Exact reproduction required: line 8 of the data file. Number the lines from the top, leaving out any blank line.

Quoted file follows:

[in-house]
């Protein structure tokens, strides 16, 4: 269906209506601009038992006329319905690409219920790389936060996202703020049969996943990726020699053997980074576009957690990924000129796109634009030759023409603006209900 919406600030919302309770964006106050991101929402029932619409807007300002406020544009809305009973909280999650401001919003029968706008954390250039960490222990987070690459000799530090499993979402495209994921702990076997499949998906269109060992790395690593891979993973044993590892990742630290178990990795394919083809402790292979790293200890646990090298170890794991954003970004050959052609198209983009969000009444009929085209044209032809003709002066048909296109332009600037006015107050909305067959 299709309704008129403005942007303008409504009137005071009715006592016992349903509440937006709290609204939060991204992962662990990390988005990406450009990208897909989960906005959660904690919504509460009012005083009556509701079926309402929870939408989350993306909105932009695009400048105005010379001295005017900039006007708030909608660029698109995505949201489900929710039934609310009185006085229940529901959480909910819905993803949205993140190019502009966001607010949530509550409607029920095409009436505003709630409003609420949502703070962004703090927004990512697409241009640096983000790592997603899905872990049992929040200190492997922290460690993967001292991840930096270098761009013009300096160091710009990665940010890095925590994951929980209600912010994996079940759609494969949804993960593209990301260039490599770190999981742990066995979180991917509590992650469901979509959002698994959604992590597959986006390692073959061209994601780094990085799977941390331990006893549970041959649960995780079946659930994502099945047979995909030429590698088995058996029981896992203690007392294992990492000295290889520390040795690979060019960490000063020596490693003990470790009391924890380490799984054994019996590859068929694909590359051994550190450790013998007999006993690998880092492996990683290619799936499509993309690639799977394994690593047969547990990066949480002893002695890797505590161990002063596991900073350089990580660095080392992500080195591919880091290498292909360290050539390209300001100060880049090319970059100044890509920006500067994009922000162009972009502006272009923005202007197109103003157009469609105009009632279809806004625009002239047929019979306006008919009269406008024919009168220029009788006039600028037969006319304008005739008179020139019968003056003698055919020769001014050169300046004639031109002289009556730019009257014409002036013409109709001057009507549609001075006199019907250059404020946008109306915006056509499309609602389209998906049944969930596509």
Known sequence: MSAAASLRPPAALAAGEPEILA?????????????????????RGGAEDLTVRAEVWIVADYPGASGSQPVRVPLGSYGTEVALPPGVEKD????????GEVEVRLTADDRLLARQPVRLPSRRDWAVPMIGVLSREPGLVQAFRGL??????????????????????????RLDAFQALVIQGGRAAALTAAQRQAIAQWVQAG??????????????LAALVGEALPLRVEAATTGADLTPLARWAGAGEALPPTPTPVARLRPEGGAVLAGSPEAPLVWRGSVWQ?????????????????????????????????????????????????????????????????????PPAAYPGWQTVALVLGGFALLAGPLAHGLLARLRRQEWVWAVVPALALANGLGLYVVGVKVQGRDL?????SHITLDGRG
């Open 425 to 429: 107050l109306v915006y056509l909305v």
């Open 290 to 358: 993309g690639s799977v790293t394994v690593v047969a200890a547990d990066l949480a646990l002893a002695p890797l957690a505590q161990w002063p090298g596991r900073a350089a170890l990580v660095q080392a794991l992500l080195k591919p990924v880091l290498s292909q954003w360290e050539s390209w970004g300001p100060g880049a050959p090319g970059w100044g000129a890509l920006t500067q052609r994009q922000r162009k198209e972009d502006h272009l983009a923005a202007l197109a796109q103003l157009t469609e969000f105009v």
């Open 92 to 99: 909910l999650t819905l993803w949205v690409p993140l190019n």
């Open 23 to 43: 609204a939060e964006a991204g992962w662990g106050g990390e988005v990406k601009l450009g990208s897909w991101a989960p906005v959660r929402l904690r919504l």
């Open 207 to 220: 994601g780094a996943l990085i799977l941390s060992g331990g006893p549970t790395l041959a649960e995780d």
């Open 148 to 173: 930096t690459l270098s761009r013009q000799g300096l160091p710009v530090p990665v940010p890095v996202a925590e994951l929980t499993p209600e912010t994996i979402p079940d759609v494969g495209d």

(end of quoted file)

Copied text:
């Open 207 to 220: 994601g780094a996943l990085i799977l941390s060992g331990g006893p549970t790395l041959a649960e995780d």